Now before I even start this one, I'm just going to say that these are just starting points. Every drummer, drum kit, microphone setup, room, etc., requires a slightly different approach. But regardless, try these out as a place to start, and then tweak from there.
As you'll see from most of the shells, I love to cut mids. So my first step here is chop out 500 Hz. For most of the genres that I record, an aggressive approach is required, so I'll usually grab an SSL style EQ and cut 12-15 dB at 500 Hz to start. Next, if we're in a genre that needs a really bright top end on the kick, then I usually start by booting 8 kHz at about 5-7 dB. Next, I'll head down to the bottom end and boost 65 Hz by about 4-5 dB. Then I will engage by the HPF at about 40 Hz and the LPF at about 9 kHz. Usually, I'll have to adjust the output gain of the plugin to level match. This is so I can A/B with the original to see if I've made improvements (always do this!). At this point, I start adjusting the frequencies and amplitudes to the song. I tend to adjust the HPF and LPF first if it's too bright or too subby (I think that's a word?). Then I sweep the midrange to find the optimal point to cut the mids. I find myself lately moving the frequency lower, somewhere between 300 Hz and 500 Hz. If I still can't get it where I want, I'll start adjusting the frequency of the bottom and top (the 65 Hz and 8 kHz points).
I use a similar approach for snare. I have a few starting points, then I tweak. So, I start with boosting up low end. I like a beefy snare sound, so I usually start around 150 Hz, cranking that up a ton, like 8-10 dB. I set the HPF to about 130 Hz, and use this to control the low end (I tend to do this alot). Next up, I like sucking out the mids, usually between 300 Hz and 800 Hz, cut out 15 dB. Yeah it's drastic, but I'm using my ears at this point and thats what I like. Also, depends on the type of snare drum. Next up, I find theres a bit of "crack" in the snare around 2-3 kHz. I don't like adding much of this, as I get's a bit "thwacky", but maybe boosting 2-3 dB. Finally, I like that sparkly top end, so I'm add 5-7 dB of 8-10 kHz. I again use the LPF to control some of the nasty highs, maybe setting it to 10 kHz. Just like last time, I'll sweep frequencies while listening to the song to see what fits best. I like to use the controller section on the SSL Matrix 2 to do this, rather than looking at the screen. That way I use my ears.
Toms are pretty easy, lots of the same principles here. I start by boosting between 75 Hz and 150 Hz, depending on the size and tuning of the tom. I like to sweep around to find the optimal bottom end frequency (as with kick and snare), then kicking it up by 5-7 dB. Next up, guess what? Cutting mids again. This time, I'll pull out anything between 250-600 Hz. This again depends on the tuning and the size of the drum. You can use this as a way control muddiness. If you want to really sharp staccato toms, cut the midrange hard (15 dB). If you like them to have some resonance, keep this down to 2-3 dB. Use your ears! Next up, let's boost the top so they get some of that "clicky" sound coming through the mix. Boost up 7-10 kHz, again depending on the tom. Try 4-6 dB as a start. Again make use of your HPF and LPF to control any nastiness in the top and bottom. Finally, sweep around while listening to the song until it seems to fit!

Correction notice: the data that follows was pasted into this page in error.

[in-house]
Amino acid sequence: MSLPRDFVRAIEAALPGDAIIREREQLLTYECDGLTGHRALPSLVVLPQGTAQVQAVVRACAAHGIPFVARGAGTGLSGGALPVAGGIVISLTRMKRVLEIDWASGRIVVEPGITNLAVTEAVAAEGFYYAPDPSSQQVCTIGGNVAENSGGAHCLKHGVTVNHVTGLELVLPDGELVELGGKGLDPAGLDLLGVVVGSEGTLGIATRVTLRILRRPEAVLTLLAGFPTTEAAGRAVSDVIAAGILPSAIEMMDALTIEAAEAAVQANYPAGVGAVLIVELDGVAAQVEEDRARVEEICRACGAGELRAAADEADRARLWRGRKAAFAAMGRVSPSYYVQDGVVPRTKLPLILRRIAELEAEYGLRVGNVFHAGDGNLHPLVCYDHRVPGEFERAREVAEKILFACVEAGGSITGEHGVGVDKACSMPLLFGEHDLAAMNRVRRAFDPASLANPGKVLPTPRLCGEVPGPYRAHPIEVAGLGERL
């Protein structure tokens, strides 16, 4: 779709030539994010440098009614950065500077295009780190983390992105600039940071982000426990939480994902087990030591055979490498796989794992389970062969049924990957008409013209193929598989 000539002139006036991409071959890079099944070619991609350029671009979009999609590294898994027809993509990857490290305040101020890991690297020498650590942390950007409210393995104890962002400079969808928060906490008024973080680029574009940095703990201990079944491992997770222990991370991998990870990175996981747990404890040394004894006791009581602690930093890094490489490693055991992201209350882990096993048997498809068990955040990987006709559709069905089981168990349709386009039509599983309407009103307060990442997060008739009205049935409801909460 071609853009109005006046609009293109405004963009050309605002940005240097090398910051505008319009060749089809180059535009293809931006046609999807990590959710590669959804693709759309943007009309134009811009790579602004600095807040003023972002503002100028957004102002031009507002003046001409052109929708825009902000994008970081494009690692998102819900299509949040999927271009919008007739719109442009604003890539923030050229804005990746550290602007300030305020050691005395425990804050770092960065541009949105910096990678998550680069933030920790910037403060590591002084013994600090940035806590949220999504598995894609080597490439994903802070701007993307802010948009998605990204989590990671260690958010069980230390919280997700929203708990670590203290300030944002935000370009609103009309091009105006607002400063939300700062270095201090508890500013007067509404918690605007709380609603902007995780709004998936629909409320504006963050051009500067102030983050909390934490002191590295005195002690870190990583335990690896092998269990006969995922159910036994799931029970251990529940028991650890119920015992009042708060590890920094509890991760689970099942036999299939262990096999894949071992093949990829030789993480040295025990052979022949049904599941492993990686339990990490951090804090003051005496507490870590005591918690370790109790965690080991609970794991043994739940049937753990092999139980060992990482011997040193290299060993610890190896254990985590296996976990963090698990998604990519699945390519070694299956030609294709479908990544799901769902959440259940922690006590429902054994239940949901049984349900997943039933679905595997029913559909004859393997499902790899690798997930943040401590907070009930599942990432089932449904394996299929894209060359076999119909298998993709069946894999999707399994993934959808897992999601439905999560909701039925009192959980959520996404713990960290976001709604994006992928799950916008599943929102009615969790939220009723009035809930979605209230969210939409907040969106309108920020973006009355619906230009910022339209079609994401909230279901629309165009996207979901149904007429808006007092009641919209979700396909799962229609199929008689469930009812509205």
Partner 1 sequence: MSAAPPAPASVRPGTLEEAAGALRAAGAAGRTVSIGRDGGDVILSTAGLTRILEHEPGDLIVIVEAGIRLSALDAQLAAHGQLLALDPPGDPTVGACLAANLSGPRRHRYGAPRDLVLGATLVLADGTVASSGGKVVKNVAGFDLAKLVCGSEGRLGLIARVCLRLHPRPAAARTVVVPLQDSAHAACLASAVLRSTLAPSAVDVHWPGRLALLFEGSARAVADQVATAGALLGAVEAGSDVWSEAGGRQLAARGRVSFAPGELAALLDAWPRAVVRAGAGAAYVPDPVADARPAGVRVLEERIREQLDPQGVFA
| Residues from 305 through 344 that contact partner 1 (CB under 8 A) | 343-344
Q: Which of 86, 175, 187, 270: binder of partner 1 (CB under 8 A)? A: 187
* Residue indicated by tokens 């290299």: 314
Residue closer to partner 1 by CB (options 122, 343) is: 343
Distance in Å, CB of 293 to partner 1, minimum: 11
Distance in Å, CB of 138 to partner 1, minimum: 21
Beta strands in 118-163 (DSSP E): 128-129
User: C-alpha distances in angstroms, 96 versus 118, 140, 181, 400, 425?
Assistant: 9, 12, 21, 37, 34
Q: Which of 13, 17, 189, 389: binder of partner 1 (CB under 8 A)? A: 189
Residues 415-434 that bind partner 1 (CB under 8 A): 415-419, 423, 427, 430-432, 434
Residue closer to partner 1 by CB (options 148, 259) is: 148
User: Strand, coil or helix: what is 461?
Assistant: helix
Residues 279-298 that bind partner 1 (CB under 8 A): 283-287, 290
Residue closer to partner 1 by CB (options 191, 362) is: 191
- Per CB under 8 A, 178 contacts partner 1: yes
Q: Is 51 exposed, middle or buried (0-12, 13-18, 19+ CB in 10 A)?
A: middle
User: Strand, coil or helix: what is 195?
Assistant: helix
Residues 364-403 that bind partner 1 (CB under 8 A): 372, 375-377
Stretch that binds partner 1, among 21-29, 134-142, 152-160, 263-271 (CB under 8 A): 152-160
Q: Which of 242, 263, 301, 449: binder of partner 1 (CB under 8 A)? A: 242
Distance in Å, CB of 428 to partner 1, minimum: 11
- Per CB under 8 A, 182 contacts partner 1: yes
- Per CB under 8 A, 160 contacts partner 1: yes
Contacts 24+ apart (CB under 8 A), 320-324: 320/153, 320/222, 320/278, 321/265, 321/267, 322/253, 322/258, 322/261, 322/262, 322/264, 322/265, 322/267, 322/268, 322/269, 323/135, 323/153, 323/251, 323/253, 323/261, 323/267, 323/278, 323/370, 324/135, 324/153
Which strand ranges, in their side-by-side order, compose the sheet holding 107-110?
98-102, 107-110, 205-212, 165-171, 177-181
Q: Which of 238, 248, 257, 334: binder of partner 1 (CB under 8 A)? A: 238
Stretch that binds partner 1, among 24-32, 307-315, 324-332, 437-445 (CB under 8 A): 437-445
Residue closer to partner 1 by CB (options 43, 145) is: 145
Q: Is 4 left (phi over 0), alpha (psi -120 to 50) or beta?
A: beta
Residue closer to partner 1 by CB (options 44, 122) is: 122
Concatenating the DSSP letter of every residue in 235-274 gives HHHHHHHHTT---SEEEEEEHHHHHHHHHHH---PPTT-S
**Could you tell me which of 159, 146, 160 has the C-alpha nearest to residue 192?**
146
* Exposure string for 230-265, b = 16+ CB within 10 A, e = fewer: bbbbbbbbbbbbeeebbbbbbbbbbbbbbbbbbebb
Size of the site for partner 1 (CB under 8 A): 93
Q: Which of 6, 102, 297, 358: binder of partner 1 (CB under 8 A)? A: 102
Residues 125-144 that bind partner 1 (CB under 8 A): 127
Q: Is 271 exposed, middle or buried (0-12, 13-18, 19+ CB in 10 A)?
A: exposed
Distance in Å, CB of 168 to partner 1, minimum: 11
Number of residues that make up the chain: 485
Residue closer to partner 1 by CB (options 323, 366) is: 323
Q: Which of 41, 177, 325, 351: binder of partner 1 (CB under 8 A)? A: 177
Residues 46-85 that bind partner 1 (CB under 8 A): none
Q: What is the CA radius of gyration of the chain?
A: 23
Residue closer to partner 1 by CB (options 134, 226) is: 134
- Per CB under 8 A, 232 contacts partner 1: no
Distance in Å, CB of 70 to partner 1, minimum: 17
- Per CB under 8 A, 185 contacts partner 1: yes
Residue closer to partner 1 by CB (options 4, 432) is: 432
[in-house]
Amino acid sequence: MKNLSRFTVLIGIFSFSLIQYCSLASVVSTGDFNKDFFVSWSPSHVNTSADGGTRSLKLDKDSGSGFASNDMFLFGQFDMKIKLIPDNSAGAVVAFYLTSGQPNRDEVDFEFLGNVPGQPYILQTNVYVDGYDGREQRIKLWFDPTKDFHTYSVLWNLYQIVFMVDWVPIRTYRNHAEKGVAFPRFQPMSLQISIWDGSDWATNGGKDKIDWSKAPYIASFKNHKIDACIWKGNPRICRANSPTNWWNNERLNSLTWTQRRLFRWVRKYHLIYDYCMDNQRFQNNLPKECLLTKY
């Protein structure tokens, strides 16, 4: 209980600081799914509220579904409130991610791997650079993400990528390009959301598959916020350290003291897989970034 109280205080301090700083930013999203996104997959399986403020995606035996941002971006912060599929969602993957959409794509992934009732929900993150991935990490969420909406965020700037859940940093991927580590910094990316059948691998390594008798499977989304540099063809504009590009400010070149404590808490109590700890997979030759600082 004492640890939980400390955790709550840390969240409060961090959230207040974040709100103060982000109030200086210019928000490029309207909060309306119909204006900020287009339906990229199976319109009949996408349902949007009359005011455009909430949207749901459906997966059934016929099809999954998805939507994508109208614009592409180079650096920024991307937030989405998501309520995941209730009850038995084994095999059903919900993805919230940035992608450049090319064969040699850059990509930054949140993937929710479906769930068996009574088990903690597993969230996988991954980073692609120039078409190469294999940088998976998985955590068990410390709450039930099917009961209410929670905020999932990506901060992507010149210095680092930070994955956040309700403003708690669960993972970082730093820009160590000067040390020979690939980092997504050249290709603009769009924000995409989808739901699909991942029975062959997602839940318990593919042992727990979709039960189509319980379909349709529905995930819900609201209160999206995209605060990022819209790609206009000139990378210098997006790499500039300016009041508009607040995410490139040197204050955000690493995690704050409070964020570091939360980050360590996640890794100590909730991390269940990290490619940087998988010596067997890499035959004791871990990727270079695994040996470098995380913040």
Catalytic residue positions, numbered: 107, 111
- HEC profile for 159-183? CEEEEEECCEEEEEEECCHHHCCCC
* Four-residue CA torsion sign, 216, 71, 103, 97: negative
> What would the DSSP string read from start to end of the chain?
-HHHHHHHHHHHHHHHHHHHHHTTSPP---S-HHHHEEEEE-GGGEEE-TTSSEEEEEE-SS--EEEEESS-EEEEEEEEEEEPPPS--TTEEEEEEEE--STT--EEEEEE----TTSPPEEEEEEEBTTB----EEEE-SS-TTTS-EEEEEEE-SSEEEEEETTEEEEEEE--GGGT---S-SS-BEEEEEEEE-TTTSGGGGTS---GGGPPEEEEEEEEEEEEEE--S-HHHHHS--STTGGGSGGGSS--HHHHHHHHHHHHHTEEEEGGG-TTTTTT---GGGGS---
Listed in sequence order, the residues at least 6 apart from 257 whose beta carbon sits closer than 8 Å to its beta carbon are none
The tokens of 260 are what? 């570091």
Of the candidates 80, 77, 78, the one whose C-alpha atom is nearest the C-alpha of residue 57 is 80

For hats, I have a pretty pigeon-holed go to. I run them through my Vintech x73i EQ, I crank up the HPF to 300 Hz, and then I viciously cut 1.6 kHz. Then sometimes I'll add a touch of top from the same EQ. That seems to get me right where I want it every time. I may LPF in the box after, or even use a de-esser to tame some of the harsh peaks.
OVERHEADS AND ROOMS
I don't necessarily have a go to set of frequencies here, but theres a reoccurring patterns happening. First, I may HPF both sets to about 100-150 Hz, sometimes the overheads I go up to 250 Hz. Next up, I like using the Pultec EQP-1A to add some top, usually at 10 or 12 k. Maybe 4 dB. Then I'll take the Pultec MEQ-5 to pull out a touch of mids, but nothing too crazy. Maybe 2-3 dB around 200-400 Hz. Just trying to get some of that boomy, boxy-ness out. If I want super bright cymbals, I'll crank the hell out of the EQP-1A top end and use a de-esser for when it gets out of hand. Again, listen in context and start sweeping frequencies to find what works best.
And that's that for drum EQ. Don't forget, these are just starting points. Try starting with these settings and exploring on your own. My tastes will undoubtedly be different then yours, so don't treat these are hard fast rules. Let me know if you have any other questions about drum EQ!
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